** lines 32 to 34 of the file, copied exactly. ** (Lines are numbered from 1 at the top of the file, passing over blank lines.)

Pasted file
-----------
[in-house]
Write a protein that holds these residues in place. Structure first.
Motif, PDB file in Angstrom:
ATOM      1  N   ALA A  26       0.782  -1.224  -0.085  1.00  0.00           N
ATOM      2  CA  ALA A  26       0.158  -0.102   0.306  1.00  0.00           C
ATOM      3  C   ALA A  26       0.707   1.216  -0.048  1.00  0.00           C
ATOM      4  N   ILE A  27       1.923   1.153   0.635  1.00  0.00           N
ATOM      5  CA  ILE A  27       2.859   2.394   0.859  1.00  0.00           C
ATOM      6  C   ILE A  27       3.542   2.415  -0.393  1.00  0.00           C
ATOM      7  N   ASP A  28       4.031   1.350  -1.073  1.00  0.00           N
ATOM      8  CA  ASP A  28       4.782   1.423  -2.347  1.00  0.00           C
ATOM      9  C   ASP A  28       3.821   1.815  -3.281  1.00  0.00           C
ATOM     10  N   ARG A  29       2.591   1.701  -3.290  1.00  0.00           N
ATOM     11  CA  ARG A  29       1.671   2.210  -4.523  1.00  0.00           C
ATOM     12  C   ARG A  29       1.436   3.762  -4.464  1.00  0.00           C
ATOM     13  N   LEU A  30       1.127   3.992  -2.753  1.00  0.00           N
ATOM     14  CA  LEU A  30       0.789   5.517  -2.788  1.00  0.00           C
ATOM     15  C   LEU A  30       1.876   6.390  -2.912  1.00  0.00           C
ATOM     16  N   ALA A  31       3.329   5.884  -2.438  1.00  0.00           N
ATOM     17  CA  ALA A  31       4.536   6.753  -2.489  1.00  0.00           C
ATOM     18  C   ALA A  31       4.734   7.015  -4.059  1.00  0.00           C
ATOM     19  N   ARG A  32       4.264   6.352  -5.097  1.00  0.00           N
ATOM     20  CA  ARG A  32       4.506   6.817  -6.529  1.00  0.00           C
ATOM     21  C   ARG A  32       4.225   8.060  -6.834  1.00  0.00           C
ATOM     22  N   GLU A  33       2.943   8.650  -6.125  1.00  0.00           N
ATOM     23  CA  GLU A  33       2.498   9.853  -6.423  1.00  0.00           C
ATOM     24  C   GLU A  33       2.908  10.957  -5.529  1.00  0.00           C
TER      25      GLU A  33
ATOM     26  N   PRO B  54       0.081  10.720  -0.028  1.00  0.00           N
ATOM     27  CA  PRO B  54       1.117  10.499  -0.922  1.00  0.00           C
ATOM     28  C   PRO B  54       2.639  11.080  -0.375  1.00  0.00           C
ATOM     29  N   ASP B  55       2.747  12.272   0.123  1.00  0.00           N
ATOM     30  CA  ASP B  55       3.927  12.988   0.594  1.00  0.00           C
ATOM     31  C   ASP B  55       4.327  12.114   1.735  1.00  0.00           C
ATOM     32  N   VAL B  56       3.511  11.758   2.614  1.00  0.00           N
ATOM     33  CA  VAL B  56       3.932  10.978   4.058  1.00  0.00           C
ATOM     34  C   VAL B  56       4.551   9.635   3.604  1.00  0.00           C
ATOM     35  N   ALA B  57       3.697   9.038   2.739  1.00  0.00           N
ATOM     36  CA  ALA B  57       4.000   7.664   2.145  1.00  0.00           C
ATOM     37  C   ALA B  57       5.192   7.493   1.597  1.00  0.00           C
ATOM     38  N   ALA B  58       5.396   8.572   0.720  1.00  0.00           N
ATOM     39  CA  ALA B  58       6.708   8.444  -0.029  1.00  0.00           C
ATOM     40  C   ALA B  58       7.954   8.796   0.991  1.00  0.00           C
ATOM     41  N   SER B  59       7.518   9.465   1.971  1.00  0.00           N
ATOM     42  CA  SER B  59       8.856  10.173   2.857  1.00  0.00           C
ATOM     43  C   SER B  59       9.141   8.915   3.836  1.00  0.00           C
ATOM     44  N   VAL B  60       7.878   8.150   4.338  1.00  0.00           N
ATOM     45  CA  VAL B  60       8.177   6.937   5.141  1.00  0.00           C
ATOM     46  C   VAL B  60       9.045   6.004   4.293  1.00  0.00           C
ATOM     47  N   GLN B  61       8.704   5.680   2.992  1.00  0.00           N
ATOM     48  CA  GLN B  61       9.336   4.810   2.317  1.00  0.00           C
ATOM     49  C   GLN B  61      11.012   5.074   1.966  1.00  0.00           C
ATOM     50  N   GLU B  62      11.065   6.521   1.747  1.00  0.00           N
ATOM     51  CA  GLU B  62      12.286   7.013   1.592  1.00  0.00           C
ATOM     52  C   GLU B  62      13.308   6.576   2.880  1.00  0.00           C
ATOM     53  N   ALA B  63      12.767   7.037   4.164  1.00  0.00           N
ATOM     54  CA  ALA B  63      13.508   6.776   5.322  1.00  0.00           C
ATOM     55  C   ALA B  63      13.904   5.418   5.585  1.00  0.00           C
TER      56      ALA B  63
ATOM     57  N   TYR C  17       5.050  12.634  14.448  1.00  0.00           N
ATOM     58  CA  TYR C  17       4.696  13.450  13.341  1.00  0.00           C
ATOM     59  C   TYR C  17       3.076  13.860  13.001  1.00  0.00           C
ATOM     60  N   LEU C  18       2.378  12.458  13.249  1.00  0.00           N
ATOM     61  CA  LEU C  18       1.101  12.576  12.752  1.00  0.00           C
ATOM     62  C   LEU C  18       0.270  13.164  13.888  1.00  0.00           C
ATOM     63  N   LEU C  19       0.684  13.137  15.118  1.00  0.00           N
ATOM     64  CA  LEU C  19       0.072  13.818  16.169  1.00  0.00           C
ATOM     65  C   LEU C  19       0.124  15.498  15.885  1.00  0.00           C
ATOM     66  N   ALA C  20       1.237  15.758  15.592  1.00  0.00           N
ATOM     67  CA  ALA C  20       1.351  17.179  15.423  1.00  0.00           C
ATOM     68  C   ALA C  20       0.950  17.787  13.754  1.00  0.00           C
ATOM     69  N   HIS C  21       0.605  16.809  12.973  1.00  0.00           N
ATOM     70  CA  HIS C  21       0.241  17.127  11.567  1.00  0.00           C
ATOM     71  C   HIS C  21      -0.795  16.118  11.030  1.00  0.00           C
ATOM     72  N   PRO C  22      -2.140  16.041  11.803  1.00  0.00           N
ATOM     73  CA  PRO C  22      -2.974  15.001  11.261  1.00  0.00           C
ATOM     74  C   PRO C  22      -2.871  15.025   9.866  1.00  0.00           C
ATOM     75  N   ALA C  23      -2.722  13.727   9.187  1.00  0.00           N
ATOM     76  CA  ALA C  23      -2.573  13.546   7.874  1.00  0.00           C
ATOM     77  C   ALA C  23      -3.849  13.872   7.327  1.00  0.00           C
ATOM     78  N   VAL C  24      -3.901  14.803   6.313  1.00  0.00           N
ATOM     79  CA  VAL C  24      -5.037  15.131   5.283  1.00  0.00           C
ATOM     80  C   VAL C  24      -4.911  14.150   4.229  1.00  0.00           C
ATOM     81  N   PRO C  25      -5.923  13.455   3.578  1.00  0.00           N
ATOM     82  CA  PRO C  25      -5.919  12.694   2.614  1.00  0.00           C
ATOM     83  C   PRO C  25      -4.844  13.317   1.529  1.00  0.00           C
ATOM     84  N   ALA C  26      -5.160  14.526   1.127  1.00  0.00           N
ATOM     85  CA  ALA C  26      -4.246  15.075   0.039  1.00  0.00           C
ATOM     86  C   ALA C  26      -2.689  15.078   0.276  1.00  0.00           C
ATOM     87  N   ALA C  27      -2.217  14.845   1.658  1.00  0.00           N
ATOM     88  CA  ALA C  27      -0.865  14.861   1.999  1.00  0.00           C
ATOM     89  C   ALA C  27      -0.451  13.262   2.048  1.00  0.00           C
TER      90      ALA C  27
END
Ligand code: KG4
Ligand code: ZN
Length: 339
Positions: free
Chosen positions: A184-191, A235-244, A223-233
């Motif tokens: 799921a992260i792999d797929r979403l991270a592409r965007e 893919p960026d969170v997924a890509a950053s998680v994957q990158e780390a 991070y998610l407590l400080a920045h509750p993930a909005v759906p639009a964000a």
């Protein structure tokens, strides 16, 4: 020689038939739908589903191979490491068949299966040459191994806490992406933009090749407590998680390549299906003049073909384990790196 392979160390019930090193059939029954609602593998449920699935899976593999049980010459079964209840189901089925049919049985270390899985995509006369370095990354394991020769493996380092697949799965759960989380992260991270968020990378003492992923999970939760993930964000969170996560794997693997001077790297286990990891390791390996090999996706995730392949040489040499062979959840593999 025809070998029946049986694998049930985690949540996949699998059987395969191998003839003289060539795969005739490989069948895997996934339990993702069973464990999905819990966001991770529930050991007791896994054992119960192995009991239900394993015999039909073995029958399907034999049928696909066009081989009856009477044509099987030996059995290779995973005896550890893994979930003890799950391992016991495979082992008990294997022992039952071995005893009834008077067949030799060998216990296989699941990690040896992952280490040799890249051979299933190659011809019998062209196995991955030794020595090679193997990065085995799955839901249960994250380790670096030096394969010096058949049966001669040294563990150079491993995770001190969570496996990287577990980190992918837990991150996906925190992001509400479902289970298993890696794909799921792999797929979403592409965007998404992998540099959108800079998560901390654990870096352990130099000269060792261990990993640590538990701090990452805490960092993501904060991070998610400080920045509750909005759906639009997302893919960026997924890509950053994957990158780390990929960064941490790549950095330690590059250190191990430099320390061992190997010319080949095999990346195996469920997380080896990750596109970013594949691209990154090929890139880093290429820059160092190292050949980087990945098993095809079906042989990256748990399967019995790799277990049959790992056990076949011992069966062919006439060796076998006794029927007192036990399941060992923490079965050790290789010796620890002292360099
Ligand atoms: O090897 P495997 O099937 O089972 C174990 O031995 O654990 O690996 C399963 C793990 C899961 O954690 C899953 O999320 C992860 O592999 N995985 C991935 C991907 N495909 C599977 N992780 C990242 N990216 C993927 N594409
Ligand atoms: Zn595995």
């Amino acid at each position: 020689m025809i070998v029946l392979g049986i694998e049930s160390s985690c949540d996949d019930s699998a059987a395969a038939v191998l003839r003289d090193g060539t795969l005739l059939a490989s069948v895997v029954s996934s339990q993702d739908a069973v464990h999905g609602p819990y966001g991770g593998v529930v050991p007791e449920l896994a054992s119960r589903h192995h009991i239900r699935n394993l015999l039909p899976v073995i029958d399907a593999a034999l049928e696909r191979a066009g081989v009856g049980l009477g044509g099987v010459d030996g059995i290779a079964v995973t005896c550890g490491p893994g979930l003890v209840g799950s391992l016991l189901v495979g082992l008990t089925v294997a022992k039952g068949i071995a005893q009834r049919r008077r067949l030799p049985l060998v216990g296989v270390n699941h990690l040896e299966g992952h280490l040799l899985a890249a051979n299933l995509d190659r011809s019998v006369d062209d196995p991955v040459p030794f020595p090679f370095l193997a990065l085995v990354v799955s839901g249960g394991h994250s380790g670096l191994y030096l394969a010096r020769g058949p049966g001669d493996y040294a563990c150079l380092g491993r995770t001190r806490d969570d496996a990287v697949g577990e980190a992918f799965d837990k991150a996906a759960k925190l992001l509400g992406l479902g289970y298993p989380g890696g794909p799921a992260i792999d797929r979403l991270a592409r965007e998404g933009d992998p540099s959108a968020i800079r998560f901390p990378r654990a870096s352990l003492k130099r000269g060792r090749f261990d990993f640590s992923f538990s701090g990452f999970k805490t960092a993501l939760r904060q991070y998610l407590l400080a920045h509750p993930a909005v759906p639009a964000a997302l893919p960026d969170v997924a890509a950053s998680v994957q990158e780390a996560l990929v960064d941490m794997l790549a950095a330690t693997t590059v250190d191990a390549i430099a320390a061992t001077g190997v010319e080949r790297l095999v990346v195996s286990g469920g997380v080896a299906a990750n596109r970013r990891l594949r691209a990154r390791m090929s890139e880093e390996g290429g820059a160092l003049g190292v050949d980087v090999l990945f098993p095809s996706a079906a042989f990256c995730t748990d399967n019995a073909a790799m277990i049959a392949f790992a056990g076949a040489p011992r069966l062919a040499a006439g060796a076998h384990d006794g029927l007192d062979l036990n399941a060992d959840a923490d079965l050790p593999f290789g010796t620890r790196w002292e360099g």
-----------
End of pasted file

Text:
ATOM     29  N   ASP B  55       2.747  12.272   0.123  1.00  0.00           N
ATOM     30  CA  ASP B  55       3.927  12.988   0.594  1.00  0.00           C
ATOM     31  C   ASP B  55       4.327  12.114   1.735  1.00  0.00           C